You might as well create headlines that read, "US Government pays $1M for garbage collection" because there's a contractor somewhere that pays that much monthly for collection of haz-mat refuse. What's the correlation? I mean, I'm sure that virtually any Government contractor that makes parts for aircraft has pretty hefty bills for disposing of hazardous materials, no?

    It's also the case that US Government pays millions of dollars a year for anti-virus software. If it's OK to use anti-virus software to protect regular computers, then why not purchase exploits to understand vulnerabilities that are not (yet) being addressed by anti-virus and other software for more sensitive computing platforms?

    BTW, how many anti-virus scanners exist for iOS devices today?

    Uhh.... I can't think of a single one. Meaning that if a defense organization wanted to understand the risks of using iOS-based devices, how else are they going to find out? Do you think Apple is going to tell them (if they even know)?

    This is an absurd story, starting with a totally misleading headline.
    zdnet@...
    • RE: Where are the editors there?

      [i]if a defense organization wanted to understand the risks of using iOS-based devices, how else are they going to find out?[/i]

      Hire Charlie Miller and/or Dino Dai Zovi?
      Rabid Howler Monkey
      • No Budget For That

        but they do have one for paying out for exploits...

        talk about burying your head in the sand.... :D
        rhonin
    • That ain't it

      "if a defense organization wanted to understand the risks of using iOS-based devices, how else are they going to find out?"

      That ain't what this program is about, it's about trying to find ways to hack into the phones used by criminals, international terrorists and whatnot to be able to monitor them.....if you found out that Osama bin Landen was using an iPhone, wouldn't you want to know how to gain remote access to that phone so you could find out what he doing?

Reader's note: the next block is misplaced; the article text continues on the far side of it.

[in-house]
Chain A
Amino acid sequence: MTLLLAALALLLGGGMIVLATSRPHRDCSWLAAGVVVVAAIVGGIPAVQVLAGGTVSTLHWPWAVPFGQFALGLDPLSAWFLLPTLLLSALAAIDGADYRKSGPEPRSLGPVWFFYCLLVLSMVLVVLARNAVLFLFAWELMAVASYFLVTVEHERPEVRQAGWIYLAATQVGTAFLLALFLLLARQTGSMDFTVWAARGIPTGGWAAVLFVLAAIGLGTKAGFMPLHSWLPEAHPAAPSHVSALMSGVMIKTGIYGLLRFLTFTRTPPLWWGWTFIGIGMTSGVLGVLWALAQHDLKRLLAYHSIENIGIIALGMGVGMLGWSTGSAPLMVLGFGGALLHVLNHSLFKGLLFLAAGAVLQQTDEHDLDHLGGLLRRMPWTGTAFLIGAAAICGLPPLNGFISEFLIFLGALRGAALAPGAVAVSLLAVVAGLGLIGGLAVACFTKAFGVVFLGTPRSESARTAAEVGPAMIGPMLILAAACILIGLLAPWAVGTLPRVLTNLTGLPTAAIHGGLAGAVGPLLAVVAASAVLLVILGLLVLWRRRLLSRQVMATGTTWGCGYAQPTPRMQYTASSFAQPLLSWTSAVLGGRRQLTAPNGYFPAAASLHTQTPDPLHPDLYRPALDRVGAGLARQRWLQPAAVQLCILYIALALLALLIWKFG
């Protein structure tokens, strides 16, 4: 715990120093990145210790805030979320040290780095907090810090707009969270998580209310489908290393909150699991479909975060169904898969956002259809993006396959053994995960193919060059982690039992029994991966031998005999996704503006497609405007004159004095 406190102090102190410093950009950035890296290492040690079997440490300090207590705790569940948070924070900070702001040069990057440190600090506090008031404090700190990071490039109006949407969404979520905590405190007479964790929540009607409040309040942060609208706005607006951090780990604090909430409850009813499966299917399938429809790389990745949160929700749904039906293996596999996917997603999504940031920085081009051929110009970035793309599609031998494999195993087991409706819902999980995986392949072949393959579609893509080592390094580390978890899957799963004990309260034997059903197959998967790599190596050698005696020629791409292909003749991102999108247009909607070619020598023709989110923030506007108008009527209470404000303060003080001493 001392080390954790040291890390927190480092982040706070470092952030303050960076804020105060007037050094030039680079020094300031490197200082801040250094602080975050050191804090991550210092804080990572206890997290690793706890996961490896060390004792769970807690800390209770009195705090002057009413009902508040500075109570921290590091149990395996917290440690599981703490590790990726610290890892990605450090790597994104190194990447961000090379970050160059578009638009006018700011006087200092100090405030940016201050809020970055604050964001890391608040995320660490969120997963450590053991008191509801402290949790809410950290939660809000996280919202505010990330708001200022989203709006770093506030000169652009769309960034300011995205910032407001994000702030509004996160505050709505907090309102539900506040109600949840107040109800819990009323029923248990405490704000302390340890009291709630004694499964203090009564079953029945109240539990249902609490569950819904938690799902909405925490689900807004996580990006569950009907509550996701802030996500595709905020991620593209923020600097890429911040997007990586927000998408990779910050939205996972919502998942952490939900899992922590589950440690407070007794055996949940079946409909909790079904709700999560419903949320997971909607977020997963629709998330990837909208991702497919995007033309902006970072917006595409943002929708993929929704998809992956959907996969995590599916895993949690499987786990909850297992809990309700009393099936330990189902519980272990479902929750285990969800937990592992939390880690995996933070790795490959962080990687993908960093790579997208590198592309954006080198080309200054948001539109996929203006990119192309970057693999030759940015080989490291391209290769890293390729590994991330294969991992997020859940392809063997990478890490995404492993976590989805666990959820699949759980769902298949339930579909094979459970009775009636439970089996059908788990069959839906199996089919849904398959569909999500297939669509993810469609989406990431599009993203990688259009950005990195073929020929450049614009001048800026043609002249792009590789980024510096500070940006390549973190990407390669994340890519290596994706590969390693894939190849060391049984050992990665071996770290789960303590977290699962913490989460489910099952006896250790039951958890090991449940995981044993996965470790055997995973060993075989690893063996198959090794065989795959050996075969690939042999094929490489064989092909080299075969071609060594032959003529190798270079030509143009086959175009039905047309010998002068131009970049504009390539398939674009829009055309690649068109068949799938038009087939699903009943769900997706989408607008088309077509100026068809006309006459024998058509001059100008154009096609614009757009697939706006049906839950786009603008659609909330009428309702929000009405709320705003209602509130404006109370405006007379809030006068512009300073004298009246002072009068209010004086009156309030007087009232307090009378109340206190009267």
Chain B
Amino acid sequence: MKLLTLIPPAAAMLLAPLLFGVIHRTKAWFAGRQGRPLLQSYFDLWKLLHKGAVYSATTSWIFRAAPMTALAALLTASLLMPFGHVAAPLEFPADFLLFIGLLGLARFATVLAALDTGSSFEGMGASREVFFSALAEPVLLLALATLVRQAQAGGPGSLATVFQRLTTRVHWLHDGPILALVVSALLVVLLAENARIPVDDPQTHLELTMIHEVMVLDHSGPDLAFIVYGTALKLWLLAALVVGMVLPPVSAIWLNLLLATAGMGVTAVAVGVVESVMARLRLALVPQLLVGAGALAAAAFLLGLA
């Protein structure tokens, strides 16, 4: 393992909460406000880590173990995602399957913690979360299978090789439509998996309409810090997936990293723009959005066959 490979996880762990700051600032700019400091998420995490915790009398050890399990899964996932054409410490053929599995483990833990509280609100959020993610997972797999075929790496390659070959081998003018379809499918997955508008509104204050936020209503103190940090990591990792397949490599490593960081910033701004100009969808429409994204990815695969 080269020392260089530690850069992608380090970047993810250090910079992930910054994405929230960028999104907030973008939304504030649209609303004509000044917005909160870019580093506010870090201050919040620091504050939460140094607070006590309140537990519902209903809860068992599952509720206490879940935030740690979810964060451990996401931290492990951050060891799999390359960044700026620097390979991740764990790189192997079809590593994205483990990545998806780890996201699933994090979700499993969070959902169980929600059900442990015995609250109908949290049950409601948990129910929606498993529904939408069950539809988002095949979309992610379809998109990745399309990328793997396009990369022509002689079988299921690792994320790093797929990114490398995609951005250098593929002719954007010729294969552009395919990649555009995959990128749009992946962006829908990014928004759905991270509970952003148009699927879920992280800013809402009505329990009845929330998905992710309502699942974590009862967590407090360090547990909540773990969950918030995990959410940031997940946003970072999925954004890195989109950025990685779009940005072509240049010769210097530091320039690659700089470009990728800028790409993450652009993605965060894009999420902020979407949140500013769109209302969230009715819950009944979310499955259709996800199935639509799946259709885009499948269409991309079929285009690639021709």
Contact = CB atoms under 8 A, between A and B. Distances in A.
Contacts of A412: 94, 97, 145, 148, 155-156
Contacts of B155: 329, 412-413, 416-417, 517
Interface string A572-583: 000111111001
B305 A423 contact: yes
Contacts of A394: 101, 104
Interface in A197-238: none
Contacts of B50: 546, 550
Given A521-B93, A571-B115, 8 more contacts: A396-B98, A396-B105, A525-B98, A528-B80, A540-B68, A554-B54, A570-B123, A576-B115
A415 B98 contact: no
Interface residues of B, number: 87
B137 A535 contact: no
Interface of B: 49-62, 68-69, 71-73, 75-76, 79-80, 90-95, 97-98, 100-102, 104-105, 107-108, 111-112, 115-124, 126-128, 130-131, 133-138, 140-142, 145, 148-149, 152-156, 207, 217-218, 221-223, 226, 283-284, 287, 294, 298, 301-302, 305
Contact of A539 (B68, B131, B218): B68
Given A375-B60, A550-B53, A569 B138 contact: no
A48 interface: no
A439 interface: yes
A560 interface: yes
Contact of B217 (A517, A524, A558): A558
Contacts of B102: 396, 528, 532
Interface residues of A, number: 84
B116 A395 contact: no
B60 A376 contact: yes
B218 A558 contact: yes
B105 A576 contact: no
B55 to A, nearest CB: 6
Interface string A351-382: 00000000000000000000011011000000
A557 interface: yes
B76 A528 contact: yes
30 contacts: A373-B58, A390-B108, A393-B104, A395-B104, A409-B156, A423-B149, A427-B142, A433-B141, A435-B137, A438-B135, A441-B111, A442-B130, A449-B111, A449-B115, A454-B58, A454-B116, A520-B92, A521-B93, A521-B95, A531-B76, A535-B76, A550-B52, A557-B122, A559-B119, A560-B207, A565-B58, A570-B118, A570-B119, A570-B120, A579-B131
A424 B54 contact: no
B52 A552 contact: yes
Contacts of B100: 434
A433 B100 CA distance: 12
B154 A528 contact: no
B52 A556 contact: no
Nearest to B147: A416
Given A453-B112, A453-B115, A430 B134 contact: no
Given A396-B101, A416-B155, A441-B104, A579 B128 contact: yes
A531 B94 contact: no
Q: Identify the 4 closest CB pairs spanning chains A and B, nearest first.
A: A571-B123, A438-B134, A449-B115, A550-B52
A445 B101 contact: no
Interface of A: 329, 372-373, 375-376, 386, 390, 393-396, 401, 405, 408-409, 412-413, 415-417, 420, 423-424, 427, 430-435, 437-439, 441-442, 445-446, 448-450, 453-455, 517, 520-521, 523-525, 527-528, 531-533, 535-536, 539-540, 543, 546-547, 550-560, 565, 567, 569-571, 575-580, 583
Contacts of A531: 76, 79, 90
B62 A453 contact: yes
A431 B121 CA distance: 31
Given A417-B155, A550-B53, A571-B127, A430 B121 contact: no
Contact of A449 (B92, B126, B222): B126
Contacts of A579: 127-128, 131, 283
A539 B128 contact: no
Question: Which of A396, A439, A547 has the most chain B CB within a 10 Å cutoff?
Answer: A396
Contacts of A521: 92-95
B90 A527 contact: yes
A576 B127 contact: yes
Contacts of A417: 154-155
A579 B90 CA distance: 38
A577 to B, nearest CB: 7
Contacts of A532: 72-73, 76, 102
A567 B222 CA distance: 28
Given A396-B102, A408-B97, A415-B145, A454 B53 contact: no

Doctor Demento
  • corporate welfare?

    tax money used to help large corporations anyone?
    LlNUX Geek
    • RE: corporate welfare?

      O Linux Guru Advocate, how come desktop Linux wasn't on the list along with Windows, Mac OS X, iOS and Android? And what do you think a desktop Linux exploit goes for? My guess is around $1,000.
      Rabid Howler Monkey
    • Huh?

      This money isn't going 'to large corporations' it is going to individual hackers who find vulnerabilities and want to sell them....
      Doctor Demento
  • Love my country, but fear my government!!!

    This is yet another example of why our Founders intended to keep government very small, with enumerated powers being its only powers. We've morphed far, far away from those, and now have unfettered government that is a master, not servant, of the people.
    Techboy_z
  • Errr.....

    Surprised someone can get up to $200,000 for a Chrome vulnerability. After all, Chrome is the buggiest browser on the market. Constantly updating the thing. Usually at least a dozen vulnerabilities ever two weeks [according to the NIST newsletter]. I don't see that many or as often for the other browsers.
    What Google offers for their bounty is peanuts!
    Surprised OSX is so cheap - I guess it's almost as buggy as Adobe Reader/Acrobat.
    Gisabun